Any number (X) can be expressed by any other number b (except zero) raised to a power x; that
is, there is always a value of x such that X = bx. For example, if X = 8 and b = 2, x = 3. For
X = 8 and b = 4, 8 = 4x is satisfied if x = 3/2.
In the equation X = bx, the exponent x is the logarithm of X to the base b. Stated in equation
form, x = logb X, which reads x is the logarithm to the base b of X. In general terms, the
logarithm of a number to a base b is the power to which base b must be raised to yield the
number. The rules for logs are a direct consequence of the rules for exponents, since that is what
logs are. In multiplication, for example, consider the product of two numbers X and Y.
Expressing each as b raised to a power and using the rules for exponents:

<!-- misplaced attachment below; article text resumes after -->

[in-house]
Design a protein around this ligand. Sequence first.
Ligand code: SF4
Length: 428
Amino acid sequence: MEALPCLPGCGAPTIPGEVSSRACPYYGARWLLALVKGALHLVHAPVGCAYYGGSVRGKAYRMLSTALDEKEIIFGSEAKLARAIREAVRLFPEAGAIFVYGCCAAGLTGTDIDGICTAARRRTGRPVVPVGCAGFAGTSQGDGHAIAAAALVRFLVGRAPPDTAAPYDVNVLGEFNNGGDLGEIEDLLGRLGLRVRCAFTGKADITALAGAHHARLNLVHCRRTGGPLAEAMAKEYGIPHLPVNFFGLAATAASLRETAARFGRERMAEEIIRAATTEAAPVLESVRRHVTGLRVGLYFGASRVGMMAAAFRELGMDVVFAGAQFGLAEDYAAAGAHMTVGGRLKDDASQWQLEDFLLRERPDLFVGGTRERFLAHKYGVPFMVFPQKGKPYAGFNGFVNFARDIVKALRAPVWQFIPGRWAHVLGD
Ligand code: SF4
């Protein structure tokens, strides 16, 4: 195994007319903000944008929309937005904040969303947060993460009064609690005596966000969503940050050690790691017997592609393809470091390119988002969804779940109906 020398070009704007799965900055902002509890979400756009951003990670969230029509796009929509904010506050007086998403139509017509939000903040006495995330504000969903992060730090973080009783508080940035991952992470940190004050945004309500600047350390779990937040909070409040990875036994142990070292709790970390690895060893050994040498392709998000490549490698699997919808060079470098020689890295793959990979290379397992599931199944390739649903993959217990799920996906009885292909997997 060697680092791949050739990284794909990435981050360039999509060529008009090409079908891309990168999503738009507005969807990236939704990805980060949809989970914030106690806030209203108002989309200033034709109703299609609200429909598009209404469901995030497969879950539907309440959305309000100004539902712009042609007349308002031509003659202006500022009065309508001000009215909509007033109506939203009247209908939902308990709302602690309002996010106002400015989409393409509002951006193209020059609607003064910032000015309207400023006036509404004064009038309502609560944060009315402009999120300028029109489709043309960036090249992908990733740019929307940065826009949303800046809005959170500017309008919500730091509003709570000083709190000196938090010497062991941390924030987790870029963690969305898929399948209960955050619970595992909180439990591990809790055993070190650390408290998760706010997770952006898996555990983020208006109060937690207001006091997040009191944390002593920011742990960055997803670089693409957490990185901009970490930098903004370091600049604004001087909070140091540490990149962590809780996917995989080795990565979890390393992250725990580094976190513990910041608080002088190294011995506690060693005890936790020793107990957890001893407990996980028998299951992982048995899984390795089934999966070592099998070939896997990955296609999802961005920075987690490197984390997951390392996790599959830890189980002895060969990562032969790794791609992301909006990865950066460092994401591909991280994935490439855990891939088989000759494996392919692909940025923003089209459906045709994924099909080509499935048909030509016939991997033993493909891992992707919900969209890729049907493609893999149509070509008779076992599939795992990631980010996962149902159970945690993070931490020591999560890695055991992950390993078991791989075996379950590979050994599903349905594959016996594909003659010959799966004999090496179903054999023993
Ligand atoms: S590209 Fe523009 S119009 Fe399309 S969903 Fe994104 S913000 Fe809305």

XY = (bx) (by) = bx+y
Now, equating the logb of the first and last terms, logb XY = logb bx+y.
Since the exponent of the base b (x+y) is the logarithm to the base b, Logb bx+y = x+y.
logb XY = x+y
Similarily, since X = bx and Y = by, logb X = x and logb Y = y. Substituting these into the
logb XY = logb X + logb Y
Before the advent of hand-held calculators it was common to use logs for multiplication (and
division) of numbers having many significant figures. First, logs for the numbers to be
multiplied were obtained from tables. Then, the numbers were added, and this sum (logarithm
of the product) was used to locate in the tables the number which had this log. This is the
product of the two numbers. A slide rule is designed to add logarithms as numbers are
Logarithms can easily be computed with the calculator using the keys identified earlier.